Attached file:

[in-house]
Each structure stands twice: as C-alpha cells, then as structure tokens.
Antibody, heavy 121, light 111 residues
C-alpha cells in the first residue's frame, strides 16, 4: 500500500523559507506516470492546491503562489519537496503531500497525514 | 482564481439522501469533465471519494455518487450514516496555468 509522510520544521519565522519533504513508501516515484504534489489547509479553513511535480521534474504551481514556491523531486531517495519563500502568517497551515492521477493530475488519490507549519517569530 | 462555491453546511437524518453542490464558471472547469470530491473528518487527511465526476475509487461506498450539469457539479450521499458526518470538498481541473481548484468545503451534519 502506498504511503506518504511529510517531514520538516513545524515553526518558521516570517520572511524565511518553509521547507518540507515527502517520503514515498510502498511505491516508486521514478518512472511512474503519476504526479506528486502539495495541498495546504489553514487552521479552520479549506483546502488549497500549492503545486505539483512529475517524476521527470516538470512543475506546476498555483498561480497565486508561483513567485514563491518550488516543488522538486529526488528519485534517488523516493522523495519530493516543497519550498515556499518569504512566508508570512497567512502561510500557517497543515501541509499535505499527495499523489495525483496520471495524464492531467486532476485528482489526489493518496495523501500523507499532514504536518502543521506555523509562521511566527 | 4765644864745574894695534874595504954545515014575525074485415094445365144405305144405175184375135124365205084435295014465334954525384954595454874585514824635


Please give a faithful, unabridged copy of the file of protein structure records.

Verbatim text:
[in-house]
Each structure stands twice: as C-alpha cells, then as structure tokens.
Antibody, heavy 121, light 111 residues
C-alpha cells in the first residue's frame, strides 16, 4: 500500500523559507506516470492546491503562489519537496503531500497525514 | 482564481439522501469533465471519494455518487450514516496555468 509522510520544521519565522519533504513508501516515484504534489489547509479553513511535480521534474504551481514556491523531486531517495519563500502568517497551515492521477493530475488519490507549519517569530 | 462555491453546511437524518453542490464558471472547469470530491473528518487527511465526476475509487461506498450539469457539479450521499458526518470538498481541473481548484468545503451534519 502506498504511503506518504511529510517531514520538516513545524515553526518558521516570517520572511524565511518553509521547507518540507515527502517520503514515498510502498511505491516508486521514478518512472511512474503519476504526479506528486502539495495541498495546504489553514487552521479552520479549506483546502488549497500549492503545486505539483512529475517524476521527470516538470512543475506546476498555483498561480497565486508561483513567485514563491518550488516543488522538486529526488528519485534517488523516493522523495519530493516543497519550498515556499518569504512566508508570512497567512502561510500557517497543515501541509499535505499527495499523489495525483496520471495524464492531467486532476485528482489526489493518496495523501500523507499532514504536518502543521506555523509562521511566527 | 4765644864745574894695534874595504954545515014575525074485415094445365144405305144405175184375135124365205084435295014465334954525384954595454874585514824635